Intracranial Meningeal Carcinomatosis in Metastatic Castration Resistant Prostate Cancer: Will Extension of Survival Increase the Incidence?

University of North Texas Health Science Center, Fort Worth, TX.
Clinical Genitourinary Cancer (Impact Factor: 2.32). 05/2012; 10(4). DOI: 10.1016/j.clgc.2012.04.004
Source: PubMed
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    ABSTRACT: Central nervous system (brain or leptomeningeal) metastases (BLm) are considered rare in castration-resistant prostate cancer (CRPC) patients. Now that docetaxel has become the reference drug for first-line treatment of CRPC, patients whose disease is not controlled by hormonal manipulations may live much longer than before and have higher risk of developing BLm. We retrospectively reviewed the records of all patients with CRPC attending our centres from 2002 to 2010, and identified all of those who were diagnosed as having BLm and received (or were considered to have been eligible to receive) docetaxel-based treatment. We identified 31 cases of BLm (22 brain metastases and 9 leptomeningeal metastases) with an incidence of 3.3%. BLm-free survival was 43.5 months, and survival after BLm discovery was 4 months. With six patients surviving for more than 1 year after developing BLm, the projected 1-year BL-S rate was 25.8%. The findings of our study may be relevant in clinical practice as they indicate that incidence of BLm in CRPC patients in the docetaxel era seems to be higher than in historical reports, meaning that special attention should be paid to the appearance of neurological symptoms in long-term CRPC survivors because they may be related to BLm.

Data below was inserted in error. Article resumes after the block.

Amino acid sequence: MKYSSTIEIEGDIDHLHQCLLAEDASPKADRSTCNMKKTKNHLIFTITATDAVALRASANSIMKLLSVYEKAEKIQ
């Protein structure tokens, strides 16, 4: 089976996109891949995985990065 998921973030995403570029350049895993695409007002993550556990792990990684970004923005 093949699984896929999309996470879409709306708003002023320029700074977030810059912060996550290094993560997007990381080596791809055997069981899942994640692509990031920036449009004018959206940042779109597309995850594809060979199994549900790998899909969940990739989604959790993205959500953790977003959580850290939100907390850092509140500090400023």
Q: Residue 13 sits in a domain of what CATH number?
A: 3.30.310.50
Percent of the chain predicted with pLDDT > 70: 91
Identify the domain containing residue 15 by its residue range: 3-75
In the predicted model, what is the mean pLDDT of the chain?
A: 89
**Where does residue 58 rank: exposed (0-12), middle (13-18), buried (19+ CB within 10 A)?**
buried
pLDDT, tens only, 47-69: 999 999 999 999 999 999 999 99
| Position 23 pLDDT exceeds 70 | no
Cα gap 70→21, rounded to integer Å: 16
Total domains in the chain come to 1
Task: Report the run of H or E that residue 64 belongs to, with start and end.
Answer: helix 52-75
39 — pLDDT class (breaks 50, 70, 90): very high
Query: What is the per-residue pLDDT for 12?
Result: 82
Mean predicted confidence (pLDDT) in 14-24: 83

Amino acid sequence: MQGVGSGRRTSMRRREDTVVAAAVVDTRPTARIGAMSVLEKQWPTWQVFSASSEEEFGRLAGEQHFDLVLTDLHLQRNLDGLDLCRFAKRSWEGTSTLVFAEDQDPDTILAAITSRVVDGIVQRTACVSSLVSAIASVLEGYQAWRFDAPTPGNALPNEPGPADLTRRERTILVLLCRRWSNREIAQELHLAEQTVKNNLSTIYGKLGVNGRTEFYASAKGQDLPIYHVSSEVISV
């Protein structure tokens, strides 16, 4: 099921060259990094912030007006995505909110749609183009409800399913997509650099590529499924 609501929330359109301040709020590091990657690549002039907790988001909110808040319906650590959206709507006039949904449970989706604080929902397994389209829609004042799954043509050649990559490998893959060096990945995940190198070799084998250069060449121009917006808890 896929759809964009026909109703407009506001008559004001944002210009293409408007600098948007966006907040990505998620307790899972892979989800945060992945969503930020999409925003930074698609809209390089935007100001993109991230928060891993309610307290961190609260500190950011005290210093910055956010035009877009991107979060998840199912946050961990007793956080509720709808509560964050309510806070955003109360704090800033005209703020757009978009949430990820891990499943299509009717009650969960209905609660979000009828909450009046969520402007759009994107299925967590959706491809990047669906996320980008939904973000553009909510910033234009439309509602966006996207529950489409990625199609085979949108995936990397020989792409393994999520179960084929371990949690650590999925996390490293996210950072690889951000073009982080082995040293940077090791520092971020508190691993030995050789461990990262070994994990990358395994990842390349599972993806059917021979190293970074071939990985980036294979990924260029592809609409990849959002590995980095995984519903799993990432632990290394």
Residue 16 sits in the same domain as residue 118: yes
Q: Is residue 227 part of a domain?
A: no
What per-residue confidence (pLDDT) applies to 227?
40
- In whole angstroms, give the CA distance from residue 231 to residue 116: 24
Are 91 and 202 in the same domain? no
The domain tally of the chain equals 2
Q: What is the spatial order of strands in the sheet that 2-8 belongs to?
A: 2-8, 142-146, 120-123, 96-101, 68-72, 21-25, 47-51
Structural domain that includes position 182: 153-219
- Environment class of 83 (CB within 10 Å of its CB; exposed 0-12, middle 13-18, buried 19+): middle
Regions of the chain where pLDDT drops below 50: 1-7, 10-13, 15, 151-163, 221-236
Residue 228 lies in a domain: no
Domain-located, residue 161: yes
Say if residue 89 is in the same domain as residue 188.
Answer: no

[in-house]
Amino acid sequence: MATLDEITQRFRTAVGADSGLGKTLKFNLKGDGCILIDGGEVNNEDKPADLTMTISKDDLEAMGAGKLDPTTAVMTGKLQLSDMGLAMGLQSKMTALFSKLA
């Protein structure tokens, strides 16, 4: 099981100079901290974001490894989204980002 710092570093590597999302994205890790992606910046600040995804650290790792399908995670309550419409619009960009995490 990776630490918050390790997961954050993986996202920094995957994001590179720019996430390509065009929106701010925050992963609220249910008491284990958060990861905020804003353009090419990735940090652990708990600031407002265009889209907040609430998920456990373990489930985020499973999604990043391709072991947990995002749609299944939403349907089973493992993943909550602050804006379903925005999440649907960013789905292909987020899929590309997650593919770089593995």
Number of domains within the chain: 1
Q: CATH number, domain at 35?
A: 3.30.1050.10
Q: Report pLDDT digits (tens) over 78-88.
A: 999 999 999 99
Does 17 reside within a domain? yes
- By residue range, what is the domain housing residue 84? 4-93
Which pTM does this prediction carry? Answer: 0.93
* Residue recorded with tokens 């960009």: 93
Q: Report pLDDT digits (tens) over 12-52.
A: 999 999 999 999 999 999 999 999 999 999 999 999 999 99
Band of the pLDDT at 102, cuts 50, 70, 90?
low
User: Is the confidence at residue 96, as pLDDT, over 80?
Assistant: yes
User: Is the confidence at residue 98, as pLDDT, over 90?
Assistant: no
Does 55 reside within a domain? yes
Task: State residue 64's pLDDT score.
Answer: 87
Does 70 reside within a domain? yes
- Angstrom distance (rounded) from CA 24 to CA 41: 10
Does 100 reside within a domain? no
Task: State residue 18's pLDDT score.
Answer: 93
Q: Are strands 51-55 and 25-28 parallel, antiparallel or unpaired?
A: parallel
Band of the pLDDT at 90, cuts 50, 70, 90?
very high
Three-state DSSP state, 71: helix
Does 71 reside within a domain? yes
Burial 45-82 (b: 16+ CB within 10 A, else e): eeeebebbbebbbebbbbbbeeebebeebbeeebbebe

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    ABSTRACT: TXD258, a new taxoid antitumor agent, is a poor substrate for the P-glycoprotein (P-gp) in Caco-2 cells. In this study, we investigated the amount of drug accumulating in the brains of rats and mice under a variety of conditions (dose and infusion time, species and plasma concentration) using conventional in vivo pharmacokinetic techniques and in situ brain perfusion. Mice were infused with radiolabeled TXD258 at 15, 30, 45 and 90 mg m−2 for 45 s or 1 h and rats were infused with 15 and 60 mg m−2 over 2.3 min. The radioactivity in the plasma and brains was measured. The brain concentrations of TXD258 in mice and rats were maximal from 2 min to 1 h postinfusion and radioactivity was still detectable at 168 h. While the plasma concentration of TXD258 increased linearly in mice with the infused dose, the brain content increased more than proportionally with the dose between 15 and 90 mg m−2. This nonlinear uptake of TXD258 also occurred in the plasma and brain of the rat. These findings suggest that the protein-mediated efflux across the blood–brain barrier (BBB) becomes saturated. In situ brain perfusion studies confirmed that TXD258 is a P-gp substrate at the BBB of mice and rats. The P-gp of both species was saturated at the half-inhibitory concentration (∼13 μM) produced by i.v. infusion. Thus, the observed nonlinear accumulation of TXD258 in the brain seems to occur by saturation of the P-gp at the rodent BBB. This saturation could have several advantages, such as overcoming a P-gp-mediated efflux, but the nonlinear pharmacokinetics could increase the risk of toxicity. British Journal of Pharmacology (2003) 138, 1367–1375. doi:10.1038/sj.bjp.0705150
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